This information went beyond what the Premier had publicly revealed a week earlier when he said a “significant number and potentially more” of the outbreaks in Melbourne’s northern suburbs were attributable, via genomic sequencing, to quarantine hotel staff. It was now clear that, when the virus first broke out of Rydges Hotel on Swanston Street and subsequently the Stamford Plaza Hotel in Little Collins Street, Victoria was all but COVID-free.

The entire second wave – every known infection – had been traced back to these quarantine hotels.

If not for the failures in quarantine, Melbourne would have been emerging from the social and economic ravages of the pandemic instead of plunging into a second, more deadly COVID-19 crisis. This, to borrow a phrase from Andrews, was further information he could have made public.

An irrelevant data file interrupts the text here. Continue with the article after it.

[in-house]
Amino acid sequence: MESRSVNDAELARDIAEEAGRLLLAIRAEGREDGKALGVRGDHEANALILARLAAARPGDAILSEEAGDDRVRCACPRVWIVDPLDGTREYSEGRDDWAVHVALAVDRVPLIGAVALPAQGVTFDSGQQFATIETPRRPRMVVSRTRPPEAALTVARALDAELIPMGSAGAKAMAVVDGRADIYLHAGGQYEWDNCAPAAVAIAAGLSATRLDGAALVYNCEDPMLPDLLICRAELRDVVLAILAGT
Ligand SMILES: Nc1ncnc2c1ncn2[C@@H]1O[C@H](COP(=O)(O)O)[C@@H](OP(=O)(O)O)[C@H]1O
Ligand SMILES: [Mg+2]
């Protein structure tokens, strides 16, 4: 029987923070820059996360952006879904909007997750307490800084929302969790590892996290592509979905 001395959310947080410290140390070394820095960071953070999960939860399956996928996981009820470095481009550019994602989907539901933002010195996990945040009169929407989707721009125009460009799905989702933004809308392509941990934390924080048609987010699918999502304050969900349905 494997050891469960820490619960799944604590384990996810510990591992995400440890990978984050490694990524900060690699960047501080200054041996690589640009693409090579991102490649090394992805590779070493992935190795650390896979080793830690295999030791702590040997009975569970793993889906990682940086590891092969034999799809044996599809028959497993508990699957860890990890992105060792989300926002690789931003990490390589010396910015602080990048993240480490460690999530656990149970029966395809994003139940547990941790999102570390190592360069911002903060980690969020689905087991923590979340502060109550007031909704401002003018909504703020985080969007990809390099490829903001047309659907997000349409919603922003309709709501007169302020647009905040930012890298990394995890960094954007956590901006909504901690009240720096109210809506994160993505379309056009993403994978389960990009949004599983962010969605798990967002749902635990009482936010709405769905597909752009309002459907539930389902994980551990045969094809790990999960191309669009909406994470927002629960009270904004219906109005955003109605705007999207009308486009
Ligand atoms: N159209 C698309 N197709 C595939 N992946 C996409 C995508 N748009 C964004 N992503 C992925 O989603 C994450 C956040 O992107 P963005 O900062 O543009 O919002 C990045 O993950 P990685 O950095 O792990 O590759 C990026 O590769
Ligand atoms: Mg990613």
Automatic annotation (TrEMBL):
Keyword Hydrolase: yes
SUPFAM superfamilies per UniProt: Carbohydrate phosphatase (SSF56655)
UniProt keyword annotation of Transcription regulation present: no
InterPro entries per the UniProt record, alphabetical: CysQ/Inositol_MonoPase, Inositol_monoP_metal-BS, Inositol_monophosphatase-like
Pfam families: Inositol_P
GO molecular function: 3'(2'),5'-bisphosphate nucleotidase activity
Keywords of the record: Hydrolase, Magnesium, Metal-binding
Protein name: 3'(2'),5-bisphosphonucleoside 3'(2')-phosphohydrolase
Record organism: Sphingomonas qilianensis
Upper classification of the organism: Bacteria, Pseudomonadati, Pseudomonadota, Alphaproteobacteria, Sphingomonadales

Victoria’s trust in its political leadership was tested in two significant ways this week. As details of the hotel quarantine debacle emerged in the Coate inquiry, Andrews’ integrity was drawn into sharp focus by Defence COVID-19 Taskforce Commander Lieutenant-General John Frewen’s testimony to the Senate about the ADF’s preparedness to put boots in the lobbies of Victoria’s quarantine hotels, if only we had asked.

Andrews is not alone in having to account for previous things said in the pandemic. Prime Minister Scott Morrison’s defence against accusations the federal government failed to prepare the aged care sector for outbreaks – that the abrupt standing-down of all management and staff at nursing homes like St Basil’s could not have been anticipated or considered – appears at odds with advice provided by his own government to aged care providers two months ago.